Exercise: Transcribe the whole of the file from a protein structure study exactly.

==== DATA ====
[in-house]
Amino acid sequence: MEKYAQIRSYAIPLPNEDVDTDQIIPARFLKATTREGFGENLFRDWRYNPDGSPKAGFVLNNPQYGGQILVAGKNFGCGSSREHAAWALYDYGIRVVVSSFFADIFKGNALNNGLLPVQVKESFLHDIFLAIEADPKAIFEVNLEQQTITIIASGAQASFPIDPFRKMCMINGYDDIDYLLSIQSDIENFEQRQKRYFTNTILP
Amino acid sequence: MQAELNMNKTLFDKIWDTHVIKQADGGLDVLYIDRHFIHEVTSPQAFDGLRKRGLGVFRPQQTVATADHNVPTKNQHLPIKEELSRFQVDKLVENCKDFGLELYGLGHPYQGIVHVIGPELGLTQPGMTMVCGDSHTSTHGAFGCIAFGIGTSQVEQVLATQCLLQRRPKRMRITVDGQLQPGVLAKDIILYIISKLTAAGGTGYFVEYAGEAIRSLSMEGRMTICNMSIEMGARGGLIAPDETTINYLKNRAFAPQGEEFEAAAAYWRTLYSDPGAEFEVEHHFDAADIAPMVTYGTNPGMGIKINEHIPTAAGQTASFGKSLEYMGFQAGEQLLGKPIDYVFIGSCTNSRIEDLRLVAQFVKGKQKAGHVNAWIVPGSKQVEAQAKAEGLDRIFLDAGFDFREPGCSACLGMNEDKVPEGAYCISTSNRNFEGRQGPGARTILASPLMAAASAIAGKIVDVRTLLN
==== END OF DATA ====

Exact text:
[in-house]
Amino acid sequence: MEKYAQIRSYAIPLPNEDVDTDQIIPARFLKATTREGFGENLFRDWRYNPDGSPKAGFVLNNPQYGGQILVAGKNFGCGSSREHAAWALYDYGIRVVVSSFFADIFKGNALNNGLLPVQVKESFLHDIFLAIEADPKAIFEVNLEQQTITIIASGAQASFPIDPFRKMCMINGYDDIDYLLSIQSDIENFEQRQKRYFTNTILP
Amino acid sequence: MQAELNMNKTLFDKIWDTHVIKQADGGLDVLYIDRHFIHEVTSPQAFDGLRKRGLGVFRPQQTVATADHNVPTKNQHLPIKEELSRFQVDKLVENCKDFGLELYGLGHPYQGIVHVIGPELGLTQPGMTMVCGDSHTSTHGAFGCIAFGIGTSQVEQVLATQCLLQRRPKRMRITVDGQLQPGVLAKDIILYIISKLTAAGGTGYFVEYAGEAIRSLSMEGRMTICNMSIEMGARGGLIAPDETTINYLKNRAFAPQGEEFEAAAAYWRTLYSDPGAEFEVEHHFDAADIAPMVTYGTNPGMGIKINEHIPTAAGQTASFGKSLEYMGFQAGEQLLGKPIDYVFIGSCTNSRIEDLRLVAQFVKGKQKAGHVNAWIVPGSKQVEAQAKAEGLDRIFLDAGFDFREPGCSACLGMNEDKVPEGAYCISTSNRNFEGRQGPGARTILASPLMAAASAIAGKIVDVRTLLN